Know When to Hold 'Em … or When to Fold 'Em
By Andrew J. Birol, President, Birol Growth Consulting and Randy Curtiss, President,Loveman-Curtiss, Inc., a business appraisal firm in Cleveland, Ohio, and Chair of the American Business Appraisers National Network
You dont have to be a gambler (or a country music fan) to have hummed along with Kenny Rogers sage advice: "You gotta know when to hold em … know when to fold em … know when to walk away … know when to run." And you dont have to fly to Vegas to heed the admonishment, which applies both to a high stakes poker game and to one of the most excruciating decisions business owners face — whether to grow their business or cash in their chips.
Even people who can play a mean game of craps sometimes turn into Hamlet when it comes to their business, and its because of a simple, universal and often disclaimed reason: fear.
What are owners afraid of?
- Fear of making the wrong choice.
- Fear of mortality, both business and personal.
- Fear of the known unknown (what you know you dont know might hurt you).
- Fear of the unknown unknown (what you dont know you dont know might hurt you).
What if you choose to grow and the market falls out from under you? What if after you sell the market explodes with opportunity? What if you commit to growth and it costs you so much time, energy and money that your marriage breaks up, your family writes you off and your friendships dwindle? What if you sell the business and spend the rest of your life chasing one unfulfilling opportunity after another?
Any one of these things might happen, or they might not. Agonizing over the possibilities is like making the dealer wait while you whip out a calculator to figure the odds of hitting on 17. Its a waste of everyones time and it could get you blackballed from the table.
The Danger of the Status Quo
Human nature is to resist change until the pain of it is less than the pain of not changing. Trouble is, if your business isnt growing its already falling behind.
The status quo of your business is an old, cushiony La-Z-Y Boy, worn in just the right places to fit the contours of your body. Recline back. Reach for the remote.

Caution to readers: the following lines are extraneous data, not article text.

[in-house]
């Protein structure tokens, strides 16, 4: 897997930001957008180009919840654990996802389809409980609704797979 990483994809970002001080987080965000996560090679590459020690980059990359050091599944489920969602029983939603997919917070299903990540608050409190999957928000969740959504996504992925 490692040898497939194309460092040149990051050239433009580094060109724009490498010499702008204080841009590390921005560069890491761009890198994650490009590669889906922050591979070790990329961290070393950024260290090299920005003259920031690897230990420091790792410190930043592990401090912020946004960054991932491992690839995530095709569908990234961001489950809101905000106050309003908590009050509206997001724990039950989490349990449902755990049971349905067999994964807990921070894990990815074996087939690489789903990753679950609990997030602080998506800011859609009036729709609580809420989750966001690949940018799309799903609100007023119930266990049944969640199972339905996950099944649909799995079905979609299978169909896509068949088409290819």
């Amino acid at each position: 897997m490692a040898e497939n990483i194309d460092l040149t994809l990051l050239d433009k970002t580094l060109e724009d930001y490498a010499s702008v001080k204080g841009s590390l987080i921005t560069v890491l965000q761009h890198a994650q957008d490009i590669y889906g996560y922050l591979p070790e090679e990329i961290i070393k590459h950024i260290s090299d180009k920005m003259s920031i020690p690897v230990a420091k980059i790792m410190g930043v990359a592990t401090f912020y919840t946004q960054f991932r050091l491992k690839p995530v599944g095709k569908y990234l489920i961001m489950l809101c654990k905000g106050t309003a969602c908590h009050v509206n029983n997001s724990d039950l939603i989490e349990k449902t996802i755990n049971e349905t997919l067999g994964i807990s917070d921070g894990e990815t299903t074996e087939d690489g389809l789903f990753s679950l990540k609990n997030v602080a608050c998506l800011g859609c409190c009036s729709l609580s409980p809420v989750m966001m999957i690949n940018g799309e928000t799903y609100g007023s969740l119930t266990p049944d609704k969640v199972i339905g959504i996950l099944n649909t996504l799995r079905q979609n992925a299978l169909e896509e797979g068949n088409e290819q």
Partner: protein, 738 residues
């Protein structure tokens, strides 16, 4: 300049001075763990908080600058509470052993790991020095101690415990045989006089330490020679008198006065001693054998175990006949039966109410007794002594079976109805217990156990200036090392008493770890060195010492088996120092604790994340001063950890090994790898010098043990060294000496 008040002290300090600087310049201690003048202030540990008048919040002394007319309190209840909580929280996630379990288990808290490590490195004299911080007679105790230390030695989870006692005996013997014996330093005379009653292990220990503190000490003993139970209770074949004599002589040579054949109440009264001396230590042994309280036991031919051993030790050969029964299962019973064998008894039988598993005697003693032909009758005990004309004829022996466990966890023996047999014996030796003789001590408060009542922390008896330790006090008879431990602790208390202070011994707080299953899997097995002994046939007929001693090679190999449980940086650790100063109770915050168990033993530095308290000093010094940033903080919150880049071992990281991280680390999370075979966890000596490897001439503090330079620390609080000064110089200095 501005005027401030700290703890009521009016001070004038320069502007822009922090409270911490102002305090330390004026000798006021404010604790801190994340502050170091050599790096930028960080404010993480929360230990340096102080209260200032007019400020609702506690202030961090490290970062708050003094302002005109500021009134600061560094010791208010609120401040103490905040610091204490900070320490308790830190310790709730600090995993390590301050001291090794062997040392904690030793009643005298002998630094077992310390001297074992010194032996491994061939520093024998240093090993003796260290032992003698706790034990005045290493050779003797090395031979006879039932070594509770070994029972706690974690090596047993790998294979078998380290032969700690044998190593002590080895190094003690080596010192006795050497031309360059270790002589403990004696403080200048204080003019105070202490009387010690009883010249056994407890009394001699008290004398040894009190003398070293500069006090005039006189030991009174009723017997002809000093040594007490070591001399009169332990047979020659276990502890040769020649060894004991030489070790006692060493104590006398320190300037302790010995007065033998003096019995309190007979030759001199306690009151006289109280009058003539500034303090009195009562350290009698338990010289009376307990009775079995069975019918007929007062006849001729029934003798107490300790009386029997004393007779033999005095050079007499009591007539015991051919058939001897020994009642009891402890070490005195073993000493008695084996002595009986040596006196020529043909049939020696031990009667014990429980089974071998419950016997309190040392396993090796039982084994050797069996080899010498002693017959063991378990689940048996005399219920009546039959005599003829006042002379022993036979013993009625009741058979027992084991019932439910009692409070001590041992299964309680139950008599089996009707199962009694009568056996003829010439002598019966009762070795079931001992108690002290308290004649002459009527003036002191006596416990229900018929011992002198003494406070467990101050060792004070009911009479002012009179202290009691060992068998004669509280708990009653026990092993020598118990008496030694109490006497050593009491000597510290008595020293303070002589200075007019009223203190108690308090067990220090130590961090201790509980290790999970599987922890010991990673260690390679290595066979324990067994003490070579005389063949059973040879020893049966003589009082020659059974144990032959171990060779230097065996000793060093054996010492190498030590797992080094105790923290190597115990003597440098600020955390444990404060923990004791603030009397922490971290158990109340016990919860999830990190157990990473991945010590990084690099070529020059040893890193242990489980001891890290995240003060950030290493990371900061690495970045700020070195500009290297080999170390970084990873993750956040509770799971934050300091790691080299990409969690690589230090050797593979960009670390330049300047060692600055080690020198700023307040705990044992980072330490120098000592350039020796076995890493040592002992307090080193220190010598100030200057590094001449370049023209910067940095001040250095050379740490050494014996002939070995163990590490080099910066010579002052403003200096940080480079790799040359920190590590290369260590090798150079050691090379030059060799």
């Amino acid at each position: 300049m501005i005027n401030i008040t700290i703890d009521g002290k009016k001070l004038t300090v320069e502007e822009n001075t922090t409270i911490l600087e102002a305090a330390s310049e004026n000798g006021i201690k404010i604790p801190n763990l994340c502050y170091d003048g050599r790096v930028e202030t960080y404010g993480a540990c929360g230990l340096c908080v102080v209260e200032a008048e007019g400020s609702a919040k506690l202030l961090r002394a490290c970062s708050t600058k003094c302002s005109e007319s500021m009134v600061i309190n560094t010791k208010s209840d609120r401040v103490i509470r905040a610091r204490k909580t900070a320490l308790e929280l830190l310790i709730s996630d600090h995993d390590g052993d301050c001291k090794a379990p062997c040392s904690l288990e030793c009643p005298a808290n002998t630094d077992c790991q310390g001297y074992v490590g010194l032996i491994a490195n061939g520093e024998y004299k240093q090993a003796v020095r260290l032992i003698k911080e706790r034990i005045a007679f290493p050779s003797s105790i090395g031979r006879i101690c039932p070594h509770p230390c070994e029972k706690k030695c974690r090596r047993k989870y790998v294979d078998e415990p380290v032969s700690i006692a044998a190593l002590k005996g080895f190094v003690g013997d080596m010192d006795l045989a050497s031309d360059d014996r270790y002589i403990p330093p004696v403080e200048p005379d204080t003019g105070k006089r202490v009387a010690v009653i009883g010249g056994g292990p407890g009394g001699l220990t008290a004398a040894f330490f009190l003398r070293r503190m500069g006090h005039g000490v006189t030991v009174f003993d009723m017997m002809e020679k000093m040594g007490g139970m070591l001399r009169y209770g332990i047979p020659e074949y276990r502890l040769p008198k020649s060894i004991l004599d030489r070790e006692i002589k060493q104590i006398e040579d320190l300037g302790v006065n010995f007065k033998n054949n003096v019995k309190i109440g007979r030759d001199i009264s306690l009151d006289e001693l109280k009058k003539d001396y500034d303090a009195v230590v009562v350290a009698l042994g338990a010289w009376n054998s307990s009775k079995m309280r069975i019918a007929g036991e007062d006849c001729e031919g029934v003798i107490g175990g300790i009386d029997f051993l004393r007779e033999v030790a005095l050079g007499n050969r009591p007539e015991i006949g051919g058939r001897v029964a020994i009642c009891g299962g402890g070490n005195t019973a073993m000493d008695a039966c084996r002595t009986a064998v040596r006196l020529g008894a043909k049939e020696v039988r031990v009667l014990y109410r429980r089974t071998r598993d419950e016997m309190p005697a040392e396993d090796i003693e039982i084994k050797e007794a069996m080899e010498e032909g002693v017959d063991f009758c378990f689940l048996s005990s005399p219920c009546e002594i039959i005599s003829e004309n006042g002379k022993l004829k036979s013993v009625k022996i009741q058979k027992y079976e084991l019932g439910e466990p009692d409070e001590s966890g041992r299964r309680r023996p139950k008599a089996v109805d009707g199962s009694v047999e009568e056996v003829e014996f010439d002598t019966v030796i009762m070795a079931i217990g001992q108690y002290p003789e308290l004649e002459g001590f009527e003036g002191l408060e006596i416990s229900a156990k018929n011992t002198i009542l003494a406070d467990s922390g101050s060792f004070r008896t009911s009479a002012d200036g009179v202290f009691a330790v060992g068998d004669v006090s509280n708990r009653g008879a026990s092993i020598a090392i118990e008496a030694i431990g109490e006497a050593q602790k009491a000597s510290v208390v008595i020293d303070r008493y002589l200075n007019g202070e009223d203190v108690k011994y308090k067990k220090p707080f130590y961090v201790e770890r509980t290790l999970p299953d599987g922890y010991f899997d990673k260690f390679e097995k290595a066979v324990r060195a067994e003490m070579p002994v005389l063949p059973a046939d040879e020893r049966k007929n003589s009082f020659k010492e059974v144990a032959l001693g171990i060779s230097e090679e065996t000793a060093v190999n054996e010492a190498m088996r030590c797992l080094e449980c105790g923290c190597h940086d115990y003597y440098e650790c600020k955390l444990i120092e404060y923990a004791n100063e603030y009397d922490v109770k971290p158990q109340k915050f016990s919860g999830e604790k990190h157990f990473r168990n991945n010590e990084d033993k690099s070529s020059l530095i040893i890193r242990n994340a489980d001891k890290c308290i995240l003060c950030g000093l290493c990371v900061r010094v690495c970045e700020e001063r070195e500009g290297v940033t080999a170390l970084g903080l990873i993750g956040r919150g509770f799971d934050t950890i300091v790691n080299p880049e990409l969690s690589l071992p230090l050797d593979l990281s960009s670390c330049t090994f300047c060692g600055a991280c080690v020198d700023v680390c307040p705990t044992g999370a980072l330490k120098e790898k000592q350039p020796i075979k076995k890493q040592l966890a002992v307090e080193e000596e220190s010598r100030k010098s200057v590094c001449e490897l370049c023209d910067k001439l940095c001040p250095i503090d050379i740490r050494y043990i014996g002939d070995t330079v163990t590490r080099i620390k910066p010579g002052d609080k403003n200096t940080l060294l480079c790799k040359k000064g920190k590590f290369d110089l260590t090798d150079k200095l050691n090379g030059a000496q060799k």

Sounds great, but only for a little while. What happens if you stay in this comfort zone?
- The farther you sink into the pillows, the harder it is to stagger to your feet.
- You stop wanting to change. (You might miss something on TV!)
- You tried bold action before (driving to the donut shop for a dozen crullers) and it gave you heartburn.
- Its not time for a commercial yet.
The consequence of all this comfort is a national epidemic: obesity, diabetes, heart disease and more. Businesses, like bodies, are designed to move. Whatever action you choose, do it before its too late.
Now, the Hour?
You know you must commit to action sooner rather than later. But how do you know its the right time?
Sometimes circumstances force your hand. If stockholders, bankers or lawyers become involved, the choice may be made for you. Similarly, owners sometimes fall ill or are encumbered by family situations that distract them from their company. In these situations, its time to sell.
Then theres the offer you cant refuse: someone wants to pay you $10 million to buy a business thats worth less than half that figure. Or perhaps youve got your broker on speed dial when that huge order from a long coveted customer finally comes in. Suddenly youre excited about your business again. Why leave?
In most cases, however, circumstances are less compelling. Then its all up to you. You know its time to make a change when:
- You arent happy.
- You are working harder for less reward.
- The old ways arent working.
If you are dissatisfied with your lifestyle, scrambling to figure out dramatic changes in your marketplace, or simply losing ground without knowing why, its time to make a change. Look around; this is happening everywhere. Manufacturers, priced out of the marketplace they helped create, must decide whether to restructure, move overseas or move on. Small media companies, losing ad money to the Internet, cable TV, and others, must sell out to cash-rich corporations or come up with new sources of revenue to stay independent. The 57-year old VCR repair guy on your corner must learn to fix DVD players and Blackberries or sell his business to the neighbors 21-year old kid, whos already an expert.
Whatever your situation, base the decision to grow or sell on the following criteria:
Your passion. How enthusiastic are you about your business? Whats your gut feeling about the future? If you arent sure, flip a coin. If "heads" means to sell and "tails" means to grow, your gut will react either positively or negatively to whichever side comes up. If your stomach sinks when you see Lincolns profile, you still have a passion for your business.
Your level of caring. If you are no longer interested in your employees, customers, partners or other stakeholders, or if you feel bound to them by guilt, you have your answer. On the other hand, perhaps you enjoy going to work because youre surrounded by great people, or you feel proud of the value you deliver to customers. The more you care about the people affected by your business, the more likely you will want to stay around.